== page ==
Powered by Zen Cart :: The Art of E-Commerce Powered by Zen Cart :: The Art of E-Commerce
Home |  Online Gallery |  Postage & Handling |  Gallery Services |  Request Secondary Price List |  About Us |  Contact Us
Companion Prints (1)
New Prints (19)
Original Works

Recently Added Prints ...








Privacy Notice
Contact Us
Newsletter Unsubscribe
Print 18/19
Previous Return to the Product List Next
Top Cover
by Robert Taylor
  Add to Cart:


From the Battle of Britain to the last days of a crumbling Third Reich, the magnificent Spitfire became a symbol of the heart of a nation.

For one Halifax crew on 6 October 1944, the presence of 610 Squadron's Spitfires became a godsend.

Flying escort missions was no soft option for fighter pilots. Supporting bombers en route to important strategic targets almost guaranteed interception by enemy fighters, and the great bomber air raids over enemy occupied Europe brought about some of the most ferociously fought aerial dog-fights of the war.

Though regarded as the best defensive fighter ever built, the Spitfire flew in most fighter roles in almost every theatre of WWII. It equipped many squadrons such as the RAF's number 610 Squadron, which flew this outstanding fighter in various marks, throughout the war.

Having contested the Battle of Britain flying Mark I's, 610 became part of Douglas Bader's famous Tangmere Wing in 1941 with the Mark Vb.

As part of top-scoring Johnnie Johnson's Canadian Wing in 1943, the squadron was equipped with the Mark IX, "the best of all Spitfire Marks" according to the great wing leader.

In 1944 the squadron received 90 gallon drop tanks for their new Mark XIV Spitfires and began long range sweeps over Germany. Robert Taylor's emotive painting Top Cover recalls an event from this period; Led by Tony Gaze, on 6 October 1944 his flight of 610 Spitfires have picked up a severely damaged Halifax over Holland as it lumbers homeward after an attack on synthetic oil plants in Germany.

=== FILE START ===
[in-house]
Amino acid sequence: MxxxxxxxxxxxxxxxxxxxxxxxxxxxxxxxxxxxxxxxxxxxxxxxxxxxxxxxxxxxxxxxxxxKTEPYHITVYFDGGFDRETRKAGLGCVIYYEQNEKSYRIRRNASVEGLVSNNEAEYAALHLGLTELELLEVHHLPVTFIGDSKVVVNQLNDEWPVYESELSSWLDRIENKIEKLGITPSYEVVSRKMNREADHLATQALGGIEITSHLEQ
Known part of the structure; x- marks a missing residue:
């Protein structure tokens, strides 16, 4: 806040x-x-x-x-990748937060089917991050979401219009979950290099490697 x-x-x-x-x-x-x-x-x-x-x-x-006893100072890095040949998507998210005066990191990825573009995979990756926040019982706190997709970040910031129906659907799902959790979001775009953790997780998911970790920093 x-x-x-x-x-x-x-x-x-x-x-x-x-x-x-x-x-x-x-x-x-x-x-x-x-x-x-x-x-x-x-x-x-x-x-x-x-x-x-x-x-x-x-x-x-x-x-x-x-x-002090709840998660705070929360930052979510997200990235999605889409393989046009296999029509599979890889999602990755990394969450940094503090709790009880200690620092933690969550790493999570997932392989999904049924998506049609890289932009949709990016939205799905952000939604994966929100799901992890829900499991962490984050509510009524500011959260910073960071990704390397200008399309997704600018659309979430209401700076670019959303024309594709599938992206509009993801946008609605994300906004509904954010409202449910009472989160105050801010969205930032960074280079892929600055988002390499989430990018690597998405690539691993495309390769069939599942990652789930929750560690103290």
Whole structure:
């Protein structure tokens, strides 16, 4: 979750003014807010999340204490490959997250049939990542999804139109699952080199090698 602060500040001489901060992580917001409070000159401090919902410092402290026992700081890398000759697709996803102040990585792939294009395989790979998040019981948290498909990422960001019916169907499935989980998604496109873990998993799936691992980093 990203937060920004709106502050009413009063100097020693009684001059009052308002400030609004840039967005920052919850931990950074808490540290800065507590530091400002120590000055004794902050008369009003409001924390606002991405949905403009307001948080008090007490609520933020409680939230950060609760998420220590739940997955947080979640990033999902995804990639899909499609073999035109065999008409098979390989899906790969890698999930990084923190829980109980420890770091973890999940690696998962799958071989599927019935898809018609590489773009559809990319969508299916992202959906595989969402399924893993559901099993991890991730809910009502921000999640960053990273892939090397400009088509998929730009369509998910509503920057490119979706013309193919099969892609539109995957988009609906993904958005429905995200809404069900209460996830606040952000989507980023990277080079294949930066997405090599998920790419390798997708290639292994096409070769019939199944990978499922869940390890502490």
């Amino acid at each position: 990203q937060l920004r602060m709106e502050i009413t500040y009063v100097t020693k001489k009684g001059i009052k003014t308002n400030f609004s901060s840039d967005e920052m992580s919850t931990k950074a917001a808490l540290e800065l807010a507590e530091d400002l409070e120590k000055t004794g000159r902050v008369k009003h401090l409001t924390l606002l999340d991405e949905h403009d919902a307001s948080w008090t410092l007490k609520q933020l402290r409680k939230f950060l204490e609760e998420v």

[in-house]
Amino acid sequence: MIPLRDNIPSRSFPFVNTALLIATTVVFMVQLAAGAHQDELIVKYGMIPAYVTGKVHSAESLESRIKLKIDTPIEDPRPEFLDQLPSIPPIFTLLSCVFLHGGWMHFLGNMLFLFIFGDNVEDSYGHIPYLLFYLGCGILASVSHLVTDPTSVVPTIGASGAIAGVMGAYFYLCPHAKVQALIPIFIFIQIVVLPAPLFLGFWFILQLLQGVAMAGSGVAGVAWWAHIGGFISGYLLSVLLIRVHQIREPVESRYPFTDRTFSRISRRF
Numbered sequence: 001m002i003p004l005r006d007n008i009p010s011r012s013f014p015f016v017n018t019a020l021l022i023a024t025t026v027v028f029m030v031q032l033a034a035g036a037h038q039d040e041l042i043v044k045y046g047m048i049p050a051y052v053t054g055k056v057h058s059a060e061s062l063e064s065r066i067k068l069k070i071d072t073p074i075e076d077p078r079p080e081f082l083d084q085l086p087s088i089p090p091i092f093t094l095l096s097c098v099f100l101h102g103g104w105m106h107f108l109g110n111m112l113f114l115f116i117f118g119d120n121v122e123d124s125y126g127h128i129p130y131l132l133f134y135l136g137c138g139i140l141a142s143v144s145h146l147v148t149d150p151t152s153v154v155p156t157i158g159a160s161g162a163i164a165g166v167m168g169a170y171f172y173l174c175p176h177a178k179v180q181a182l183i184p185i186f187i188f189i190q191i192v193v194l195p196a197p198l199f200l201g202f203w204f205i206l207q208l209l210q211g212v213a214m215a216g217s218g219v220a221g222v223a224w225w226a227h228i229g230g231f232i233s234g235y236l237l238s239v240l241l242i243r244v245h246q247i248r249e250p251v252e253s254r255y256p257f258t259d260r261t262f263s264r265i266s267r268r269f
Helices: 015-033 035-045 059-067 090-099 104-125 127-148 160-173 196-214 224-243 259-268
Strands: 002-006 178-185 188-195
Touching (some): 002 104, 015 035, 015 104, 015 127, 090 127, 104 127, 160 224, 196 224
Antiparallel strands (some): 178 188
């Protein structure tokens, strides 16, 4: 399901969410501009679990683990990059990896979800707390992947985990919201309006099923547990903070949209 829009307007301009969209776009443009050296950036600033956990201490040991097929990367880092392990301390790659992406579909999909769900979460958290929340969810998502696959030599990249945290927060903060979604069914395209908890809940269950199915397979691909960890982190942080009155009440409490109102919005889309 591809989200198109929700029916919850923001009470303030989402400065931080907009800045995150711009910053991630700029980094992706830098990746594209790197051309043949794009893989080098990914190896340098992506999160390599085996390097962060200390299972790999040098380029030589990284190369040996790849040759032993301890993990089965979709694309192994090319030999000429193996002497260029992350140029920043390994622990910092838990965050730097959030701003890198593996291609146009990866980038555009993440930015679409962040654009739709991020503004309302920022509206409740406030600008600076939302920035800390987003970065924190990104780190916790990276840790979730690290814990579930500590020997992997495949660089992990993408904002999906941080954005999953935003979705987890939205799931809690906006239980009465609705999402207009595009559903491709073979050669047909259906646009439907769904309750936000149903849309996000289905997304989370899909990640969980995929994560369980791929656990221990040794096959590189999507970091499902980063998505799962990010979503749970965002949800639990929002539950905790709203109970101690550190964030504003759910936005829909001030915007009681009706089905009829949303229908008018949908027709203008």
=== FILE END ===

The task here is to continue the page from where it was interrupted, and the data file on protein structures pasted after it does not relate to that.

Two crew members have been ordered by skipper Ted McGindle to depart the ailing bomber by parachute while he struggles on with other crew members too badly wounded to escape. Top cover provided by 610's Spitfires ensured this 462 Squadron RAAF Halifax made it home on that October day.


Squadron Leader F A O TONY GAZE DFC **

Australian Tony Gaze was studying in England at the outbreak of war and joined the RAF. After training he joined Bader at Tangmere in March 1941 flying Spitfires with 610 Sqn - often flying as Bader's wingman. In June 1942 he was posted to 616 Sqn and then commanded 64 Sqn.

In May 1943 Tony joined 453 Sqn RAAF and in August joined 66 Sqn and was shot down - evading capture he escaped back to England, and in June 1944 became the first Allied airman to land back on European soil at St Croix-Sur-Mer.

In July he was posted to 610 Sqn flying Spitfire Mk XIVs on long-range bomber escorts, then transferred to 41 Sqn in April 1945. In the final days of the war he flew Meteor jets with 616 Sqn.

Tony Gaze finished the war a double-Ace with 11 and 3 shared destroyed, including an Me262 and Arado 234, 4 probables and 1 V1. He was the first Australian to destroy an enemy jet in combat and the first Australian to fly a jet in combat. Tony was awarded the DFC with 2 bars and completed 3 Tours of Operations.


Englishman Ted McGindle was studying in Australia at the outbreak of the Pacific war and joined the RAAF in April 1942. His initial training was at 10 EFTS Temora, then 1 SFTS Point Cook where he gained his Wings and graduated as a Sgt Pilot. Ted sailed for England and attended 21 OTU Morton-in-the-Marsh in March 1944 where he selected his crew and converted to Wellingtons.

Sgt McGindle converted to the Halifax and in August 1944 was posted to 640 Sqn, 4 Group where he completed 11 Ops. Later that month he transferred to 462 Sqn RAAF, equipped with Halifaxes and based at Driffield.

On his 19th Operation on 6 October 1944 to the Synthetic Oil Plants at Sterkrade, Flg Off McGindle was awarded an immediate DFC and 3 of his crew immediate DFMs for bringing their crippled Halifax and wounded crew home to Woodbridge.

During this seven month period he received four promotions from the rank of Sgt Pilot to Flt Lieutenant and acting Flight Commander in March 1945, completing his Operational Tour at the age of 21.

  Add to Cart: